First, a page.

Continental trade in Britain before the Romans

This article is going to investigate the possibility there was trade with the continent prior to the Roman invasion and any evidence that may indicate this.  

There was considerable amount of contact and trade with continent in Iron Age Britain from the 7th century bC onwards, right through to the Roman Invasion of 43AD. This article will look at periods of the Iron Age in which there was trade going both ways across the channel and the evidence that indicates this.  

Bronze/Iron Age Warrior

  

We know that there had been some contact with the continent, earlier during the Bronze Age, with people migrating from teh continent into the British Isles. Evidence such as the Amesbury Archer shows this, as that particular person came from the Alps region of France and Switzerland. This would show that there was contact from a very early period in British history, but we don’t see any evidence for significant overseas trade until the Iron Age.  

Hallstatt Culture  

The Hallstatt culture is characterised by the appearance of a horse riding aristocracy, using long bladed bronze swords and often burying their dead in timber built tombs. Thier richness in Europe came from salt mines and metallurgy. They are specifically known for producing swords and the winged chape.  

Hallstatt Swords

 During this period we know that the ethnic groups were still trading using barter. The Greeks traded with the Hallstatt tribes, trading items such as attic cups, bronze drinking vessels and wine in exchange for salt and iron. In Britain evidence for trade with the continent at this period has been the discovery od swords and winged chapes. there were basically two types of sword produced; The Mindelhiem found exclusively in central and northern Europe and the Gundlingen type which is more common and found widespread over the continent and Britain.  

La Tene Culture  

With the La Tene culture, the celts came of age and marked a major cultural presence in Europe. Through La Tene, European people saw themselves as important, powerful and something to be feared. Thier spread across the continent and their impressive presence made them a force to be reckoned with. From Germany and Eastern Europe they spread southward into the Balkans and Italy, and westward into France and Iberia. Before the La Tene culture of the Celts was finally destroyed by the Roman conquest and culture, some elements had travelled beyond the continent into the British Isles. Ireland remained (at least no evidence suggests) untouched by the Romans.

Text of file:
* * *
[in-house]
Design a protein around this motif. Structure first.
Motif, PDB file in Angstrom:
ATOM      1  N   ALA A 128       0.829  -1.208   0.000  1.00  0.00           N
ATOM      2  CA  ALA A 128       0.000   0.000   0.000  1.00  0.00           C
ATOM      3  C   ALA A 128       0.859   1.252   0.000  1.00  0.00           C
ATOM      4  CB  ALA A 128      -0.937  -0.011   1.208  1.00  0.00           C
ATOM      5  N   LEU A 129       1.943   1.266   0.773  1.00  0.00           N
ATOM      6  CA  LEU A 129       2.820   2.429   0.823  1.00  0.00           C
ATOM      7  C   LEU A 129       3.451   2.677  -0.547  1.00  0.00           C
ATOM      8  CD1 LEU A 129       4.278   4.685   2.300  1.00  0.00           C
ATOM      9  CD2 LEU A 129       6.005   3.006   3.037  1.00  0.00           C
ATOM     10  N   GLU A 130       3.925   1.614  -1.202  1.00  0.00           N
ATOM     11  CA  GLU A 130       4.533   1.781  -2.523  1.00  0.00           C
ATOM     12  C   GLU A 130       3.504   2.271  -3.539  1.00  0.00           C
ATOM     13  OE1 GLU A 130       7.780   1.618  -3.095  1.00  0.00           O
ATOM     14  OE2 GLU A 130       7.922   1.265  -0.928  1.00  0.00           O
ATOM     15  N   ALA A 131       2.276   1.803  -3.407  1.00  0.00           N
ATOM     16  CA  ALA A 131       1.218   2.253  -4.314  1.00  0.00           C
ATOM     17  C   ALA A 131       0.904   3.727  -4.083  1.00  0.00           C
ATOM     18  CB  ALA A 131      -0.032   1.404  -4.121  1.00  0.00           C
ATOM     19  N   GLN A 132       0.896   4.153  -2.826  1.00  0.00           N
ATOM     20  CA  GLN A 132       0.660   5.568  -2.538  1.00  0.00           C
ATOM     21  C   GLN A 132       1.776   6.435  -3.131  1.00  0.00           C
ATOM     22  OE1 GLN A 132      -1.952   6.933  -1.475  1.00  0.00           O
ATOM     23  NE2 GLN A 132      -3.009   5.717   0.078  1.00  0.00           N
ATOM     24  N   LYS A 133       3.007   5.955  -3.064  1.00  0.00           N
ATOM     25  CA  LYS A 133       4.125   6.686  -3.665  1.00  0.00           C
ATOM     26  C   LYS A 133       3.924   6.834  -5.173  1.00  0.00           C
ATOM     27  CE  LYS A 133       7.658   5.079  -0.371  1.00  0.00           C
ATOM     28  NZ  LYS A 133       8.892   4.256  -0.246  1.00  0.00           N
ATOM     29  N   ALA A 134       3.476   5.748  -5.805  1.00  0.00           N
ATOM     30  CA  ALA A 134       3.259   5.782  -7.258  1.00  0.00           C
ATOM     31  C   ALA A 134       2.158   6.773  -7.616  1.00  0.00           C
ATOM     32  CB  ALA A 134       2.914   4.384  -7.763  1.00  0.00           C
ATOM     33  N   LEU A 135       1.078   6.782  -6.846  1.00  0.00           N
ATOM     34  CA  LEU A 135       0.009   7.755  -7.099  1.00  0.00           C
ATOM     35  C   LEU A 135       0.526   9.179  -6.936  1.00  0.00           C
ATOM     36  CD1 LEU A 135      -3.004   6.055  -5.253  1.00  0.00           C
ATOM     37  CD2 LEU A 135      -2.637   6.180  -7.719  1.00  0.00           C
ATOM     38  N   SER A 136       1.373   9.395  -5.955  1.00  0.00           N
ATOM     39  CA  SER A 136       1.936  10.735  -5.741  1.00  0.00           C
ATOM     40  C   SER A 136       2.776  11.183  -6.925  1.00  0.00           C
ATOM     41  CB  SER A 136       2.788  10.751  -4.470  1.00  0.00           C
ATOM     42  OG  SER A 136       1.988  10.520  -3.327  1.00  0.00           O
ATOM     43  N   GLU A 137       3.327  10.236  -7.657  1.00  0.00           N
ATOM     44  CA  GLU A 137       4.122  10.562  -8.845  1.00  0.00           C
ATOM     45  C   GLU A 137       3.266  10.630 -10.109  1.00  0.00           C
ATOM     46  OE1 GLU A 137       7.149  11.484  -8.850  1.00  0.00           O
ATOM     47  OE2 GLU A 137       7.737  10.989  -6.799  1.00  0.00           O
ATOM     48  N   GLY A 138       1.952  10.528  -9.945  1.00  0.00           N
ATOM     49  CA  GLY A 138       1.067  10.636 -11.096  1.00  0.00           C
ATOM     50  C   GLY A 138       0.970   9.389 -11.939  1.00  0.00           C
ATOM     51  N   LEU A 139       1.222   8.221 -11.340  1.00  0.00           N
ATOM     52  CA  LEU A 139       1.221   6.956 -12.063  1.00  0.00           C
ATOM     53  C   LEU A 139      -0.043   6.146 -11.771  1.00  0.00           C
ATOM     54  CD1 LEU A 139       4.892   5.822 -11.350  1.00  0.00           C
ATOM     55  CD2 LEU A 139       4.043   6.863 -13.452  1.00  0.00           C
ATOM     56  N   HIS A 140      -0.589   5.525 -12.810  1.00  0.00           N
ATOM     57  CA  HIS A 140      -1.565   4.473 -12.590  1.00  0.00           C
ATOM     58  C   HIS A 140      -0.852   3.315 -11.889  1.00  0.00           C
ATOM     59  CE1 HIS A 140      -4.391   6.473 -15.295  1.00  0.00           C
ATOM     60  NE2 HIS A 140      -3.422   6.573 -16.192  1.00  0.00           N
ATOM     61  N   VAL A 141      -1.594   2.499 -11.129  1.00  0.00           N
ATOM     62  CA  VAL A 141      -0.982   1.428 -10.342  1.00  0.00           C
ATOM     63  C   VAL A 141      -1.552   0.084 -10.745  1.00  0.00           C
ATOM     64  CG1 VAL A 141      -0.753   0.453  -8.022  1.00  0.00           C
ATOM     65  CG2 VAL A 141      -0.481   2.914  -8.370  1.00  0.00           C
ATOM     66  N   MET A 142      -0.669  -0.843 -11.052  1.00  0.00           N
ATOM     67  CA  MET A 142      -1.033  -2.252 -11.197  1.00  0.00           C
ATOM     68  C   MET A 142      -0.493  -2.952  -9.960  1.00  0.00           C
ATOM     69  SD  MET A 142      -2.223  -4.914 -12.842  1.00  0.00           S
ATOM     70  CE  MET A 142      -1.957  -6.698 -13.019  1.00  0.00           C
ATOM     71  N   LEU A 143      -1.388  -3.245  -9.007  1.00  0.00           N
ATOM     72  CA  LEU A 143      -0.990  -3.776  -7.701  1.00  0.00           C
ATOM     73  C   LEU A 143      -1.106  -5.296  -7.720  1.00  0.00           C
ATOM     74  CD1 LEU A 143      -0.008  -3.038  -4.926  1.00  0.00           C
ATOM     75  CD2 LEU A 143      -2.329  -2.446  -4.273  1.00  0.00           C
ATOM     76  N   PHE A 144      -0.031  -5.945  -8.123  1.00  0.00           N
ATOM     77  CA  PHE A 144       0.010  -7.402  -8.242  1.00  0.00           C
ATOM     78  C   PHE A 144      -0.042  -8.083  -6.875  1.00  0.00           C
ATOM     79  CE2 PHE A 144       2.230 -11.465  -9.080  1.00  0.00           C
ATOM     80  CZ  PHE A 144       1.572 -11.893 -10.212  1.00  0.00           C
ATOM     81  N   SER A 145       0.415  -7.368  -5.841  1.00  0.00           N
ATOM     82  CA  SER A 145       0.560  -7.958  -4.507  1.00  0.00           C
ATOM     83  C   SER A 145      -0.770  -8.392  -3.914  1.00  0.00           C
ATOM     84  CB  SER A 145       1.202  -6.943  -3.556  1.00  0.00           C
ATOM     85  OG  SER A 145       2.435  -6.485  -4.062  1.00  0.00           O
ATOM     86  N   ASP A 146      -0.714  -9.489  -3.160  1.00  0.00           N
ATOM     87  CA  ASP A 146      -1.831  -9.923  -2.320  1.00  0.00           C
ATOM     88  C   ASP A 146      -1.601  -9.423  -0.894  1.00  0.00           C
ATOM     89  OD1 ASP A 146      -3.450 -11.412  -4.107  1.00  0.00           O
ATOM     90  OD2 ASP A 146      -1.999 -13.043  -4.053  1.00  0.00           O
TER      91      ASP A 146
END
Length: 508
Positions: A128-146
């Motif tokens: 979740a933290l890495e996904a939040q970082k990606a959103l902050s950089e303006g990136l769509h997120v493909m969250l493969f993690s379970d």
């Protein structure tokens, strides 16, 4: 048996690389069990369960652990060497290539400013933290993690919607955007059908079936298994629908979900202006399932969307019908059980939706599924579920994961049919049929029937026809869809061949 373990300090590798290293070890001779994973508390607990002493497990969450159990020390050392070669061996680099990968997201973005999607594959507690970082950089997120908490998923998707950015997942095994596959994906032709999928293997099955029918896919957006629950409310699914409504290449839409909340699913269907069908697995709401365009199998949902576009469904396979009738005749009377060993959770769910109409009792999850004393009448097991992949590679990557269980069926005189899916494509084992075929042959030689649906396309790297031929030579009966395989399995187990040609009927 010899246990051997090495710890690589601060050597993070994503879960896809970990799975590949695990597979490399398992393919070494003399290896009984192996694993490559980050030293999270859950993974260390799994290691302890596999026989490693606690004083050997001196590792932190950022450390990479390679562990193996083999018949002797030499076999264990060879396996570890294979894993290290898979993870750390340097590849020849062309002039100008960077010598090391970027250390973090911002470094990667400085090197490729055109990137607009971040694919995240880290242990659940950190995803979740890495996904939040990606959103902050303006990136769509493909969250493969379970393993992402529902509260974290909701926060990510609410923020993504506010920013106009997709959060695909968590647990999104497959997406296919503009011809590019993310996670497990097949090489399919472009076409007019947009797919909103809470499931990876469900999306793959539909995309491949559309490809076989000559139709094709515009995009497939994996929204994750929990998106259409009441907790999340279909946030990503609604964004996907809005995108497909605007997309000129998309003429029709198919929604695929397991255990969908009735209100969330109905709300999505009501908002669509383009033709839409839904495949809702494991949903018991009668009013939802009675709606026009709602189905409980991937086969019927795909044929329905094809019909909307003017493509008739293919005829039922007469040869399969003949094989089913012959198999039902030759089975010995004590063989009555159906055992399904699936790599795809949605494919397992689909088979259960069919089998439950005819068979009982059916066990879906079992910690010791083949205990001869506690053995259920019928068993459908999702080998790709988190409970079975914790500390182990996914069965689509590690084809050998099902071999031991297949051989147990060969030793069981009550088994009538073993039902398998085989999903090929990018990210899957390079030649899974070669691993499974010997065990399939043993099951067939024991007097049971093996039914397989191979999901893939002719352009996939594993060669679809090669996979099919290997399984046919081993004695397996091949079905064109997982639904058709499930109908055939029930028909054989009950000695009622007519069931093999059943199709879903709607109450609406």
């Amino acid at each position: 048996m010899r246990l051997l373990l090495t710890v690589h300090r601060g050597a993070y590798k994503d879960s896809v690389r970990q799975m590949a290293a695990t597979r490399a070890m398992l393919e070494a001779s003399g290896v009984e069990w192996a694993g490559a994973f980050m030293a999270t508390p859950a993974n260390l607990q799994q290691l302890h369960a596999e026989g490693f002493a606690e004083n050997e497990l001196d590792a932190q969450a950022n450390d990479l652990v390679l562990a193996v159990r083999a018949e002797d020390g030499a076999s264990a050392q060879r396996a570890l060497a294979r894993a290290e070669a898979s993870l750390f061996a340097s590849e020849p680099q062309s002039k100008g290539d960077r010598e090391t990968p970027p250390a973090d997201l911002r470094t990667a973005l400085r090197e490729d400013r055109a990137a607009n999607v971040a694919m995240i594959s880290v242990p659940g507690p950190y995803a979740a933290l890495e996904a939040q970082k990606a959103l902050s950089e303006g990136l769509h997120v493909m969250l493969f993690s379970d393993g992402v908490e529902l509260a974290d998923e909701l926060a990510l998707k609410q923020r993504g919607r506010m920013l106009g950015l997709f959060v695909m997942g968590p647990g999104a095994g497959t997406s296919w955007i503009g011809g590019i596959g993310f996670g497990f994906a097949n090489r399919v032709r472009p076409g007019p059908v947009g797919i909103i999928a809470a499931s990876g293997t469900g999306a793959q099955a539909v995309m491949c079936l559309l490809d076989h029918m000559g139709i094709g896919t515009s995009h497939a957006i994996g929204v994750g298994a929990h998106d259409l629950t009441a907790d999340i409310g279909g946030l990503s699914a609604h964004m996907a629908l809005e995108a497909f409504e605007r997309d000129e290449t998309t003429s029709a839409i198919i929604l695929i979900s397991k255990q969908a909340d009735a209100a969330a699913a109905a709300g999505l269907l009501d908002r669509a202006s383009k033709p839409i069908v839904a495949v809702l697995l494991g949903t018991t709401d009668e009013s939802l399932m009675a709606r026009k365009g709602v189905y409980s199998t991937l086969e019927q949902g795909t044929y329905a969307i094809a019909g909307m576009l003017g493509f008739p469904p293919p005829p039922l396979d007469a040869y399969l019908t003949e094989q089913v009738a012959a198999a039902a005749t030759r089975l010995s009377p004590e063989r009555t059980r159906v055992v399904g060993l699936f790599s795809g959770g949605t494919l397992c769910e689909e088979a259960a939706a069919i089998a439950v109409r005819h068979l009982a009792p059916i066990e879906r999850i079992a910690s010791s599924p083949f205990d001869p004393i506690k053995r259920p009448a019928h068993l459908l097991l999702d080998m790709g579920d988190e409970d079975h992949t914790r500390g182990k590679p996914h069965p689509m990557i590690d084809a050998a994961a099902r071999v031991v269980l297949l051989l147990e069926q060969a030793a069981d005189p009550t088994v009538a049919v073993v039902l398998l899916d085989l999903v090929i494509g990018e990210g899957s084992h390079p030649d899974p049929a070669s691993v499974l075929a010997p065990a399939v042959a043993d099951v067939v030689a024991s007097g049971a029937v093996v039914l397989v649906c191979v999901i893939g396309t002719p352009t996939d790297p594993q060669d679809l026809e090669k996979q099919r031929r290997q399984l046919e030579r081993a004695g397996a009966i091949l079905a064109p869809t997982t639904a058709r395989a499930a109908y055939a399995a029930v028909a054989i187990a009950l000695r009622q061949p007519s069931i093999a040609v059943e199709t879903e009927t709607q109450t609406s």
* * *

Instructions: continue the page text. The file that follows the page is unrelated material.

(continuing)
The La Tene culture appeared around the early part of the Iron Age and is characterized by curvilinear art displayed on all manner of items, such as weapons, jewellery and pottery. These items are found in abundance in Northern Europe, including Britain and Ireland. Though the British finds do have slight variations to those found on the continent.  

La Tene Mirror

In the past it was thought that both the Hallstatt and La Tene objects were brought here as a result of invasion and warfare. Now archaeologists believe these items arrived here as a result of contact with the continent through trade and diplomatic relations.  

Once thought to signal invaders from the continent, these finds are now interpreted as diplomatic gifts between warrior elites on both sides of the channel. Cunliffe 1981, London, Iron Age Communities in Britain.  

It is now considered taht the practice of La Tene culture and the use of goods were as a direct result of continental imports or emulation through contact and not invasion.  

The Belgae  

This was probably the most important contact from the continent during the Iron Age for the local Britons. Trade with Gaul was at its most significant, the Channel was no longer just the barrier between Britain and the Continent, it had become a trade highway. We know that trade between Britain and Europe been going on as early as the Palaeolithic period, with some interruptions during the Bronze and early Iron Age.  

Iron Age Skirmish

Previous assumptions that innovations in technology were a result of war and invasion are now attributed too less violent actions as trade and Kingship links. Though it is this point in the Iron Age that there is some written evidence that a significant group of Europeans did invade Britain, the Belgae.  

Julius Caesar wrote, The inland regions of Britain are inhabitated by people whom the Britons themselves claim, according to oral tradition, are indigenous. The coastal areas belong to people who once crossed from Belgium in search of booty and war, almost all of these inhabitants are called by the same national; names as those of the states they originally came from. After waging war they remained in Britain and began top farm the land. Population density is high, and their dwellings are very like those of the Gauls.  

The names of the tribes Caesar talks about can be found in Gaul, such as the Parisi, Brigantes and the Atrebates, It was also around this time, 2nd century, which Gallo-Belgic coins start to appear in this country.